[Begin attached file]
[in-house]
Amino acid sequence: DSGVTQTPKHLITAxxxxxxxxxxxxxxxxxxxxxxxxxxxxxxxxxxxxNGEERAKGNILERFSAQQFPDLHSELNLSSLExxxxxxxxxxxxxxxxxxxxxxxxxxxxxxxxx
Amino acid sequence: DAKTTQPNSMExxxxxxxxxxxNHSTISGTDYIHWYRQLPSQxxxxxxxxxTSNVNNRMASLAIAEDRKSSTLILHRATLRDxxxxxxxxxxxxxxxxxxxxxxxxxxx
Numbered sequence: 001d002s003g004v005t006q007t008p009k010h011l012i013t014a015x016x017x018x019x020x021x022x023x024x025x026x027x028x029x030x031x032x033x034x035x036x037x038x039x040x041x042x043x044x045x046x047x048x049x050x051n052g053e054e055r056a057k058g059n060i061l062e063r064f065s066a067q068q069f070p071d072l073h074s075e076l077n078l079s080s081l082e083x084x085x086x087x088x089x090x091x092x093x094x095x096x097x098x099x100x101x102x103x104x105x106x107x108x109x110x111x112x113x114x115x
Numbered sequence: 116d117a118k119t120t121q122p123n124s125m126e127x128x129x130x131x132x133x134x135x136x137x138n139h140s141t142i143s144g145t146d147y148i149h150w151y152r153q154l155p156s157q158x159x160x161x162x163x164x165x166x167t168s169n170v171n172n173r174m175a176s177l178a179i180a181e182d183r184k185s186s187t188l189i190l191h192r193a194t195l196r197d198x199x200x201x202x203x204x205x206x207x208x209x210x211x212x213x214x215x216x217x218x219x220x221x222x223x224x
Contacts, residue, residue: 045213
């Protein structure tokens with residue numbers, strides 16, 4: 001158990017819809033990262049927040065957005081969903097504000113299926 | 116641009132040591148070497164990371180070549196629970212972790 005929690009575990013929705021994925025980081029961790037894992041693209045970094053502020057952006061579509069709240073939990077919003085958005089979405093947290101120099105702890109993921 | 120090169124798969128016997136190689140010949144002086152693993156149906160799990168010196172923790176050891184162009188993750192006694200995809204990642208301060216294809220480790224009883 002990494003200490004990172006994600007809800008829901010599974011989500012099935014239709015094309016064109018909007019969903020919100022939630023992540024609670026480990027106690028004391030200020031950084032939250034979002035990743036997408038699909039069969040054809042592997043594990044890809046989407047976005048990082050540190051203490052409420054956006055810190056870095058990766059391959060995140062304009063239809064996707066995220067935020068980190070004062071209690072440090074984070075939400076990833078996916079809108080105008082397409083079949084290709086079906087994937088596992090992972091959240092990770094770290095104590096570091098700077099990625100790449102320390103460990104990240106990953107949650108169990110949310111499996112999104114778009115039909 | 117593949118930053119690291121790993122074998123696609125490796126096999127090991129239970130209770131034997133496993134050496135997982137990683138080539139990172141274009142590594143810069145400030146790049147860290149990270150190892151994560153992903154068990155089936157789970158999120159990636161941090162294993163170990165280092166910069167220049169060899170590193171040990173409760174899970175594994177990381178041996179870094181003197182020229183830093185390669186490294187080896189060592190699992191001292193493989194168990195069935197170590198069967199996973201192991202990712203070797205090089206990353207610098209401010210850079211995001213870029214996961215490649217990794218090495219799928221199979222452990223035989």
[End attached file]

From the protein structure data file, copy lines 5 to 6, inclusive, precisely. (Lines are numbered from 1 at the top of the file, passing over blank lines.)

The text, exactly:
Numbered sequence: 116d117a118k119t120t121q122p123n124s125m126e127x128x129x130x131x132x133x134x135x136x137x138n139h140s141t142i143s144g145t146d147y148i149h150w151y152r153q154l155p156s157q158x159x160x161x162x163x164x165x166x167t168s169n170v171n172n173r174m175a176s177l178a179i180a181e182d183r184k185s186s187t188l189i190l191h192r193a194t195l196r197d198x199x200x201x202x203x204x205x206x207x208x209x210x211x212x213x214x215x216x217x218x219x220x221x222x223x224x
Contacts, residue, residue: 045213